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Senior British imam urges Pope to speak out about plight of persecuted Christians on Egypt visit

05 April 2017 | by Christopher Lamb

Francis' visit to north African country will be 'historic development in Christian-Muslim relations', senior British Muslim tells The Tablet

Pope Francis should speak out about the plight of persecuted Christians when he visits Egypt, according to an Imam who visited the pontiff in the Vatican today. Imam Ibrahim Mogra, an alumnus of Al-Azhar university and Assistant Secretary General of the Muslim Council of Britain, was among four UK Muslim leaders who on Wednesday met with Francis, an event which came exactly a fortnight after the Westminster terror attack. 

Speaking to The Tablet after the papal audience he stressed that violence in the name of God is “totally un-Islamic” and that extremists were incorrectly manipulating the Koran’s teaching to justify evil actions.  

Following their meeting with Francis the imams held discussions with Cardinal Jean-Louis Tauran, the President of the Pontifical Council for Inter-Religious dialogue, where they impressed upon him the need for the Pope to speak out for embattled Christian minorities when the pontiff travels to Egypt next month.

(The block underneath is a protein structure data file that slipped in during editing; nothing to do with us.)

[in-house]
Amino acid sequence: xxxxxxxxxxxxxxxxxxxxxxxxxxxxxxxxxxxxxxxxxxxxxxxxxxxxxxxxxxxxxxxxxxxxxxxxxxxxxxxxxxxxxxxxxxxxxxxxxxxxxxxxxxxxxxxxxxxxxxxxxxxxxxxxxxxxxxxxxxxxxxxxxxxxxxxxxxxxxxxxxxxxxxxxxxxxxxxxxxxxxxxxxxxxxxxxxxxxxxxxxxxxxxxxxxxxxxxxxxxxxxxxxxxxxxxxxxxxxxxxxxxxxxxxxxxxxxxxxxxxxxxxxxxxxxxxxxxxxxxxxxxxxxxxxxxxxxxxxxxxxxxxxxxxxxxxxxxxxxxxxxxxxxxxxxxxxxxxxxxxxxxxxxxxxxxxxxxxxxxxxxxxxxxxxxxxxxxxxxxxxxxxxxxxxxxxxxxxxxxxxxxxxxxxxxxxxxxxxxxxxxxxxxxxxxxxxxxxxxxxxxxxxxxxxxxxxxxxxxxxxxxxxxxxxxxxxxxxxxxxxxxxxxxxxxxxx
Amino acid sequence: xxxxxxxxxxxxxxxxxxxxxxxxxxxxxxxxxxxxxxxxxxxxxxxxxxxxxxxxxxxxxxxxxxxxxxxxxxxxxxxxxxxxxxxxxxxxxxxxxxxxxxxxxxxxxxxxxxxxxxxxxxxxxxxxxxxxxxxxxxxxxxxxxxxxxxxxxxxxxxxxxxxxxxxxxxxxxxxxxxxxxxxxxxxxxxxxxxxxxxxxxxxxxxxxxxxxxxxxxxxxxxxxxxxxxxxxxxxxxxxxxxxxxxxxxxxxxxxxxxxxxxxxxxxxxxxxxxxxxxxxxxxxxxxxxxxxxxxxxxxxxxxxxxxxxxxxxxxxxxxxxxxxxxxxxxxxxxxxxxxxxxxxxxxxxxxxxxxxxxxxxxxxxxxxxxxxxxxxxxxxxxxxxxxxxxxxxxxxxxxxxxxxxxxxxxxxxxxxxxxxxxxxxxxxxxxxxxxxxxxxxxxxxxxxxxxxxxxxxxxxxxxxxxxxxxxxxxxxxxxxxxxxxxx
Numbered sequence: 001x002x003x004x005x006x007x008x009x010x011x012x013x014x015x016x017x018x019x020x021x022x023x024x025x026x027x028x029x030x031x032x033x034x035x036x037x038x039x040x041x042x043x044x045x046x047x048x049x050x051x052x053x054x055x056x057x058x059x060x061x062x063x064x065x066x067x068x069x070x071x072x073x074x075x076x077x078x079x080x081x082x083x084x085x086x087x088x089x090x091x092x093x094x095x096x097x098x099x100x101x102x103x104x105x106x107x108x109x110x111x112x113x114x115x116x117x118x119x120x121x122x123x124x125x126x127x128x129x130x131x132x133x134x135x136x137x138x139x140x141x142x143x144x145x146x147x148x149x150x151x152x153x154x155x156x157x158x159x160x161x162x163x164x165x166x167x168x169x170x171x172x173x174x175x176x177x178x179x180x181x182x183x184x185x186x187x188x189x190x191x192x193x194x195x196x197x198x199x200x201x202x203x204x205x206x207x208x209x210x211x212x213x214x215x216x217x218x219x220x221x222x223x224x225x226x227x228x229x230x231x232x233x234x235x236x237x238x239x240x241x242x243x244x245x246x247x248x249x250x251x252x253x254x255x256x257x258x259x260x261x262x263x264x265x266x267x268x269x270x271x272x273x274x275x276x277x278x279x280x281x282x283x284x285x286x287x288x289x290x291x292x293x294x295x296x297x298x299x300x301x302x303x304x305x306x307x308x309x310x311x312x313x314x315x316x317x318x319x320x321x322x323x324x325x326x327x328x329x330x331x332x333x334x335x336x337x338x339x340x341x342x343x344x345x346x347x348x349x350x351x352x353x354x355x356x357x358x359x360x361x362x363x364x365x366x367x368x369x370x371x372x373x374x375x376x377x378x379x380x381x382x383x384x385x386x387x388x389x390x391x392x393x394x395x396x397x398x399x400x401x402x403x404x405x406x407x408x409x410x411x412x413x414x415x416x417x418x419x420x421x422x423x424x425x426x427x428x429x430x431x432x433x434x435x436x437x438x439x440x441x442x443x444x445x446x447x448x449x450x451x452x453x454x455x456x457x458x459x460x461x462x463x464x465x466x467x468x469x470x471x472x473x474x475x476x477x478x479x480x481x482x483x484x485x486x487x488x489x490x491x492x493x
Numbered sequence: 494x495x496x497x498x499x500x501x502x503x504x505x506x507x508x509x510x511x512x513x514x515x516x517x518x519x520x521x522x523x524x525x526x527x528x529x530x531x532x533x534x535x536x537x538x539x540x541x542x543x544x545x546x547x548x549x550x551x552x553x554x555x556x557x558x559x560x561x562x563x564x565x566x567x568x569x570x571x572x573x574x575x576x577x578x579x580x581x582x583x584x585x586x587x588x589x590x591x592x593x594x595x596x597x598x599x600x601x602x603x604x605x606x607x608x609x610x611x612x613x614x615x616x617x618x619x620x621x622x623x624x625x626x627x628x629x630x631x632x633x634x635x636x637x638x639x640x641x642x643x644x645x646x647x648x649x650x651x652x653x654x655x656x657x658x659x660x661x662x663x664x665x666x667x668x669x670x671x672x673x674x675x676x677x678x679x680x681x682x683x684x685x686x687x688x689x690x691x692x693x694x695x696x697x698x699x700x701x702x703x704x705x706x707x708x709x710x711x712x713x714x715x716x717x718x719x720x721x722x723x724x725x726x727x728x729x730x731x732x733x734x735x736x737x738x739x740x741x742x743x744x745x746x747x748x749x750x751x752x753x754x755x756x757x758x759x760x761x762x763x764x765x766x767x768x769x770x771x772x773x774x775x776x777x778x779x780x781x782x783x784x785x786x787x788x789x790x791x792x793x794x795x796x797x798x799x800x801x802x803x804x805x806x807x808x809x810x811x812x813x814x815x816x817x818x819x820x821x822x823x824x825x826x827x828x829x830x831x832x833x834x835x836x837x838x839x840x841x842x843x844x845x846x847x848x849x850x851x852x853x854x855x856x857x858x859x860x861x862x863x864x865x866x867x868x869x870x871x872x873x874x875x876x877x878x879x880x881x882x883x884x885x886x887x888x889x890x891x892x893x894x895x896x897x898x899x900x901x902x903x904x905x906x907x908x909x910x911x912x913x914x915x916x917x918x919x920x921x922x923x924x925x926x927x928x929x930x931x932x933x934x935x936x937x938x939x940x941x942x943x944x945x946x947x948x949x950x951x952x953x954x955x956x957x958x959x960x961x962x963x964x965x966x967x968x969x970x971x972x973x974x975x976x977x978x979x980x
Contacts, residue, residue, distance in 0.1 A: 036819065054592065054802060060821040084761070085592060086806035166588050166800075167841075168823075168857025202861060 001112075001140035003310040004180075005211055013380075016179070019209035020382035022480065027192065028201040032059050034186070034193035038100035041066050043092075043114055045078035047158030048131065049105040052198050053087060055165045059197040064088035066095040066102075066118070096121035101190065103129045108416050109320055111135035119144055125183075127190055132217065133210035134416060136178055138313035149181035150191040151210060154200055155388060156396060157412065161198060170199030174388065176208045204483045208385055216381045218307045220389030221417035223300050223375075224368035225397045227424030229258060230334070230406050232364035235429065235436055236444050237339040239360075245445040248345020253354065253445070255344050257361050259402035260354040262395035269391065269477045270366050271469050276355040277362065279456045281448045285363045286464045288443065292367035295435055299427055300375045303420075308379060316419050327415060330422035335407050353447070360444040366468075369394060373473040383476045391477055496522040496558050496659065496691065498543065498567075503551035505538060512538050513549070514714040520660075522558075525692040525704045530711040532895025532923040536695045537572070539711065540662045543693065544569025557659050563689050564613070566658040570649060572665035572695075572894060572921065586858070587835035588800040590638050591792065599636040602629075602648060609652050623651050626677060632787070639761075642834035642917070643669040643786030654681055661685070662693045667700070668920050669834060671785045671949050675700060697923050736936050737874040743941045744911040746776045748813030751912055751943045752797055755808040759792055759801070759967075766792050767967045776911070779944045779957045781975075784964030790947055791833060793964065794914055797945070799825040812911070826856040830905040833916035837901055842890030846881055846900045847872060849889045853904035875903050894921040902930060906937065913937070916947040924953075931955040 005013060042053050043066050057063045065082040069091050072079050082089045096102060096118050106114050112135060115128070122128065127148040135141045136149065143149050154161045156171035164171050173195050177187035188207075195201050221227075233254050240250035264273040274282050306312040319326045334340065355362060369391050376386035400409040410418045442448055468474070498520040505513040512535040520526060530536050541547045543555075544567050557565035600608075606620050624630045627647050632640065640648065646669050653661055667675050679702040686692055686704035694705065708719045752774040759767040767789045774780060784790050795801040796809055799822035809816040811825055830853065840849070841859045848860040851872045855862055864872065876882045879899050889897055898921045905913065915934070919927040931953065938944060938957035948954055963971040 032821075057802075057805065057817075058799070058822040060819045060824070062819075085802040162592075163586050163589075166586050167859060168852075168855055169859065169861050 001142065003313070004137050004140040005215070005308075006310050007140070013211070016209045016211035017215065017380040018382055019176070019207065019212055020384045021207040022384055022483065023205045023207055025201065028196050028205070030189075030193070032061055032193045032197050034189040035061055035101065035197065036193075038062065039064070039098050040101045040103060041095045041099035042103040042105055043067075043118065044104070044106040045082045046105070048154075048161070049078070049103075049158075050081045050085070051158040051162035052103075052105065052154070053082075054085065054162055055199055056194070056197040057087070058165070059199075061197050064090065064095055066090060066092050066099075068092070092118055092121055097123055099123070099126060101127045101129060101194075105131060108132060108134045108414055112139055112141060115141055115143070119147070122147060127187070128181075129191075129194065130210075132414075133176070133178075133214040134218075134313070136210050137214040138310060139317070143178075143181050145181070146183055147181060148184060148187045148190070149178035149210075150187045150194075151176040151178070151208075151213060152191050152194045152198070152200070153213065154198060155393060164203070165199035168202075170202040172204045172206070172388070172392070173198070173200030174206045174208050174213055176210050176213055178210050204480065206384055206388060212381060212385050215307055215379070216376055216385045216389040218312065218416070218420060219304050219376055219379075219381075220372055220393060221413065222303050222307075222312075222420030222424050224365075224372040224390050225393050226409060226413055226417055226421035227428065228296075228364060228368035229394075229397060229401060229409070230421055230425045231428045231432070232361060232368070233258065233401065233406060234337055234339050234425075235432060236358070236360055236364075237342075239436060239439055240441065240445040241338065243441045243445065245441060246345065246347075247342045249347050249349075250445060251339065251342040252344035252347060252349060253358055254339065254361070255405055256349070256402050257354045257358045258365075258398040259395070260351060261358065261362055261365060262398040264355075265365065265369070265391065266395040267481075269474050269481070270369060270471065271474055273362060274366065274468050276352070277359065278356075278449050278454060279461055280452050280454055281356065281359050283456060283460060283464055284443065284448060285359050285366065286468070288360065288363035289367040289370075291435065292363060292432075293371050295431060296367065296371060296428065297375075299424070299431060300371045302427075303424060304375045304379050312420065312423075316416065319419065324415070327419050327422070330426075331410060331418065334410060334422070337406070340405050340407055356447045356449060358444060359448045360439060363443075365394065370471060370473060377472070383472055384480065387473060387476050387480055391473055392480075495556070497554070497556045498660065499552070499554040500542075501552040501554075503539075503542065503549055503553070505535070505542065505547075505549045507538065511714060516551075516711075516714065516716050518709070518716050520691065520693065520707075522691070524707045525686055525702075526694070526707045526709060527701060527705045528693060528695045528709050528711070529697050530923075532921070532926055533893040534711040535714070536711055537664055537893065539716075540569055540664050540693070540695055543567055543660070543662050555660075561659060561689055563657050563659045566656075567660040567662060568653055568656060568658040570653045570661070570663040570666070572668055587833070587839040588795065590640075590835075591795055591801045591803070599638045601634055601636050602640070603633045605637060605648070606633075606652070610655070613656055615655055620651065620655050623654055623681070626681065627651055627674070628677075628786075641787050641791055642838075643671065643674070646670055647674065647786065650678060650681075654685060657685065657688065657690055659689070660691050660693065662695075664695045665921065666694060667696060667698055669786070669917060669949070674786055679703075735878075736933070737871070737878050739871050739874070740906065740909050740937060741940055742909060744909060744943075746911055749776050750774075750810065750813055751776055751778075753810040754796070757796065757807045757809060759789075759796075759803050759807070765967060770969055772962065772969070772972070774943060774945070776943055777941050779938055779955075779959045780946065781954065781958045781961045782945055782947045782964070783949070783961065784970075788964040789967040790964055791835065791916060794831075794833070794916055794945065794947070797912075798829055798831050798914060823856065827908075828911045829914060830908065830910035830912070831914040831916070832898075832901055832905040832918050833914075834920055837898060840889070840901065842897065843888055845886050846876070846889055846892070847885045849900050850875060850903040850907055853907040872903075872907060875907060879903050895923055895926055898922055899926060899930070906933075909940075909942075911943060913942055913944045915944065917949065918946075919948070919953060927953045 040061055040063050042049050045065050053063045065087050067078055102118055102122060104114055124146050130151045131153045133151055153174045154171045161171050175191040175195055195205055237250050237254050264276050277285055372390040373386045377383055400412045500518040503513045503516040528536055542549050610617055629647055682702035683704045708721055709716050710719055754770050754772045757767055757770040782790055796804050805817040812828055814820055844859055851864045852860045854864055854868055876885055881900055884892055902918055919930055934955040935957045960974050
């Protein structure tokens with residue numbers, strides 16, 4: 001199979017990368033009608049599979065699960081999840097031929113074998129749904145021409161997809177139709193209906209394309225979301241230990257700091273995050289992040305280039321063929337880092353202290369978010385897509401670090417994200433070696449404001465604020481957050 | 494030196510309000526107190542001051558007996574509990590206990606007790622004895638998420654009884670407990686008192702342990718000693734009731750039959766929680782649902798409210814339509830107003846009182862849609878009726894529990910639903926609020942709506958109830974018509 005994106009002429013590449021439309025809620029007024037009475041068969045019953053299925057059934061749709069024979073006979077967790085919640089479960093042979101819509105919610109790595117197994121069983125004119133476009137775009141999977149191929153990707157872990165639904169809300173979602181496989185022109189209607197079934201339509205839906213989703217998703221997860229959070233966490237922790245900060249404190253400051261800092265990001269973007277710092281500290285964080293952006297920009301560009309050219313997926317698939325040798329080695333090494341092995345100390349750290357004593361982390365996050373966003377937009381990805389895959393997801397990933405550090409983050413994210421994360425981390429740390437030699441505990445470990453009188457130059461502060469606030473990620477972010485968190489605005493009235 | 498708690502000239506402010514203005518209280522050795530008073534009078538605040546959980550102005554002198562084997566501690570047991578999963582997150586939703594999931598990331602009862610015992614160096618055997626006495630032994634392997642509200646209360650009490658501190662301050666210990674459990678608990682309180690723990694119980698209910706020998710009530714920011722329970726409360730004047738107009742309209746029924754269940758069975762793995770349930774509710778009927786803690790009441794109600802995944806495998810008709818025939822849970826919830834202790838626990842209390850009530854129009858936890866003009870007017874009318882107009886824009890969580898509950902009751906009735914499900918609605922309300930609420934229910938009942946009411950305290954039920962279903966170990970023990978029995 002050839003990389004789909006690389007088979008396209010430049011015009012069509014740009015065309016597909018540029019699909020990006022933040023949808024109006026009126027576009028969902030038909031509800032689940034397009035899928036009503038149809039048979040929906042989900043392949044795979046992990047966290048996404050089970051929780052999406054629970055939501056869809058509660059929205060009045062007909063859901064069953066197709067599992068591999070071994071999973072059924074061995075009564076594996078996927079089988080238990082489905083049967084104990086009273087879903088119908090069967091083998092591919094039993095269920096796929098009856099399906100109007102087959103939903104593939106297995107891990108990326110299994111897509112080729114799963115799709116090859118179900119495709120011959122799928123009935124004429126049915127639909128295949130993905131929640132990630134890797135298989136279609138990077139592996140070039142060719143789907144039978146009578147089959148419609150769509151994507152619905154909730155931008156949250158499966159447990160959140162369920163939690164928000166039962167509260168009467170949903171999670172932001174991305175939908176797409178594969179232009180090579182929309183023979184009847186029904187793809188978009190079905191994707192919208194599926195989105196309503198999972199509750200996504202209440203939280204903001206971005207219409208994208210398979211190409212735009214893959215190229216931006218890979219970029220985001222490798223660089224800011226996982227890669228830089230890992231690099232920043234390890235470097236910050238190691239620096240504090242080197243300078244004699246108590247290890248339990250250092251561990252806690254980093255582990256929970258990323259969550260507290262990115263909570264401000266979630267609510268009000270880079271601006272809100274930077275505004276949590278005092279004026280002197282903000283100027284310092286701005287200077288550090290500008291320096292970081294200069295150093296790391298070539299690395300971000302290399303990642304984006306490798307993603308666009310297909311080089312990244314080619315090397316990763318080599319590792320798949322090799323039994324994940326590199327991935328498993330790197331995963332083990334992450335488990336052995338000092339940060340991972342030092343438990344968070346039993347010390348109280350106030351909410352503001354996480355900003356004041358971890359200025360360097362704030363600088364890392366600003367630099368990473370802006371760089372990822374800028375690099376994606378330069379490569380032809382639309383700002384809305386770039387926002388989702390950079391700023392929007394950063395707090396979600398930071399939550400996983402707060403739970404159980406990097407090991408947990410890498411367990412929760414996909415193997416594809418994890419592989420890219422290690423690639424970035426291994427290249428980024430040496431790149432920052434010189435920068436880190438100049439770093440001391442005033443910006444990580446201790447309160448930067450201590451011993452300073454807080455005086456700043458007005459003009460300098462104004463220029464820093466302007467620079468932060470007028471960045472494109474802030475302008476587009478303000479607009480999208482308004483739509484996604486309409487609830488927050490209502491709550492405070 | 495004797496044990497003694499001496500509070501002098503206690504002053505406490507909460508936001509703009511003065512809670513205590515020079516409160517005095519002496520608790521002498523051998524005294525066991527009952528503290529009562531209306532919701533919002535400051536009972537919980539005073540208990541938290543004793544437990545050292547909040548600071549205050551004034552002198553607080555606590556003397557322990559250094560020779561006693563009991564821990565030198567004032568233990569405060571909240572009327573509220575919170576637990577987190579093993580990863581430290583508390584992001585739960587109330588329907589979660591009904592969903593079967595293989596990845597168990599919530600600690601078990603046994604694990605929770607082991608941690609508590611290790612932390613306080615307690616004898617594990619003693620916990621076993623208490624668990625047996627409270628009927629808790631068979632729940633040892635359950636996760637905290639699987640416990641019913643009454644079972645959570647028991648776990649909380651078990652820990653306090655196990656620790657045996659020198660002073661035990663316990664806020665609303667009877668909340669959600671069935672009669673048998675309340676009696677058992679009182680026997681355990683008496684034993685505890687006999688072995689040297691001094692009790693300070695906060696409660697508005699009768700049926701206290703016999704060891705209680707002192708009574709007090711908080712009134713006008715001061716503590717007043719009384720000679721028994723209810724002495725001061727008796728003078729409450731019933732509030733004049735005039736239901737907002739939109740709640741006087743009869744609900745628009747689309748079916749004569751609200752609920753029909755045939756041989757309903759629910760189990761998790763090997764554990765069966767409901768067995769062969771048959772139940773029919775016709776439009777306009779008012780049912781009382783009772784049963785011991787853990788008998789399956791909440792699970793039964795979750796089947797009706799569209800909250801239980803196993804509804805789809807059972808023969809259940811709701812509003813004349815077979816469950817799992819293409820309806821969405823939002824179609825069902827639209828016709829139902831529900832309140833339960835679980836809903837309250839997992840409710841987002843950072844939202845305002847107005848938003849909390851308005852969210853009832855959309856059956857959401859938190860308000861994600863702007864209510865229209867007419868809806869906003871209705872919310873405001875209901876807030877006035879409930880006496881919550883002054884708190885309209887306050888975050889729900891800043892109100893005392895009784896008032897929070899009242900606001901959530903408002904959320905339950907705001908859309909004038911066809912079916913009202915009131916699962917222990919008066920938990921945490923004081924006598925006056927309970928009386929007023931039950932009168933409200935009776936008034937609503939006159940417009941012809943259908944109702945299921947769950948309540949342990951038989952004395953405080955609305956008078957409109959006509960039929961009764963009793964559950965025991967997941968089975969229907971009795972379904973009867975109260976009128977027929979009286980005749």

“I think his visit to Egypt is going to be an historic development in Christian-Muslim relations, and I’m sure having read what I’ve read about his holiness he will not remain silent [on persecution of Christians],” Imam Mogra explained during an interview at the Venerable English College, in Rome.  

“Through our meetings with Cardinal Tauran, I’ve requested that he [the Pope] must raise the questions of Christian minorities in Muslim countries. And the scholars at Al-Azhar, and the Grand Imams and the Grand Muftis and their team must speak out against the mistreatment of minorities, particularly Christians in Egypt and in other parts of the Middle East.”

On 28-29 April the Pope will be in Egypt for a crucial bridge-building exercise with the Islamic world: he is due to address a conference on peace at Cairo’s famous Al-Azhar university, the major centre for Sunni thinking. Francis will also meet with the Coptic Orthodox Pope Tawadros II, who leads a community that have recently come under attack from suspected Islamic militants, with many expecting him to mention the plight of Egypt’s Christians. 

Imam Mogra stressed that Egypt had a “wonderful history of co-existence", pointing out that the Coptic Christian presence was there before Muslims arrived.